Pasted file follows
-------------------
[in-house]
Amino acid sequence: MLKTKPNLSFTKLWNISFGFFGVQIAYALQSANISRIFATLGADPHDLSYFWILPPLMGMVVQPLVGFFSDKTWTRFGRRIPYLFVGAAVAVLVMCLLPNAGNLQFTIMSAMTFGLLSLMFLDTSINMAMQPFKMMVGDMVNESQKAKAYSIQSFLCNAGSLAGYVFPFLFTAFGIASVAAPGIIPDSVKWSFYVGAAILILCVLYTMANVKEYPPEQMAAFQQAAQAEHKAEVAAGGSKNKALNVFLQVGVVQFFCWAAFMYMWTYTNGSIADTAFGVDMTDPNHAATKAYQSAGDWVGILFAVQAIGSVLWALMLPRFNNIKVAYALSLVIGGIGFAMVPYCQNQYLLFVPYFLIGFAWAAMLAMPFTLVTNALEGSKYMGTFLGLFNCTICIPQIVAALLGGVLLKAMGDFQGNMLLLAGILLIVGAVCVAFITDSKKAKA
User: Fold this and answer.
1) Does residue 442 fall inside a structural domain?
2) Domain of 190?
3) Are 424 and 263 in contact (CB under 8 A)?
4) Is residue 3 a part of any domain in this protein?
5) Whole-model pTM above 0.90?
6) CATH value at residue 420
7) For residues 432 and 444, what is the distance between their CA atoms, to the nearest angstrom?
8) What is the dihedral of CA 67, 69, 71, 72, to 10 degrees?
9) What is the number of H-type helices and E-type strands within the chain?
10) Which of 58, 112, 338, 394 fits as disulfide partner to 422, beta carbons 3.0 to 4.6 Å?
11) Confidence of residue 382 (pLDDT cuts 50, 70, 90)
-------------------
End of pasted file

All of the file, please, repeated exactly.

[in-house]
Amino acid sequence: MLKTKPNLSFTKLWNISFGFFGVQIAYALQSANISRIFATLGADPHDLSYFWILPPLMGMVVQPLVGFFSDKTWTRFGRRIPYLFVGAAVAVLVMCLLPNAGNLQFTIMSAMTFGLLSLMFLDTSINMAMQPFKMMVGDMVNESQKAKAYSIQSFLCNAGSLAGYVFPFLFTAFGIASVAAPGIIPDSVKWSFYVGAAILILCVLYTMANVKEYPPEQMAAFQQAAQAEHKAEVAAGGSKNKALNVFLQVGVVQFFCWAAFMYMWTYTNGSIADTAFGVDMTDPNHAATKAYQSAGDWVGILFAVQAIGSVLWALMLPRFNNIKVAYALSLVIGGIGFAMVPYCQNQYLLFVPYFLIGFAWAAMLAMPFTLVTNALEGSKYMGTFLGLFNCTICIPQIVAALLGGVLLKAMGDFQGNMLLLAGILLIVGAVCVAFITDSKKAKA
User: Fold this and answer.
1) Does residue 442 fall inside a structural domain?
2) Domain of 190?
3) Are 424 and 263 in contact (CB under 8 A)?
4) Is residue 3 a part of any domain in this protein?
5) Whole-model pTM above 0.90?
6) CATH value at residue 420
7) For residues 432 and 444, what is the distance between their CA atoms, to the nearest angstrom?
8) What is the dihedral of CA 67, 69, 71, 72, to 10 degrees?
9) What is the number of H-type helices and E-type strands within the chain?
10) Which of 58, 112, 338, 394 fits as disulfide partner to 422, beta carbons 3.0 to 4.6 Å?
11) Confidence of residue 382 (pLDDT cuts 50, 70, 90)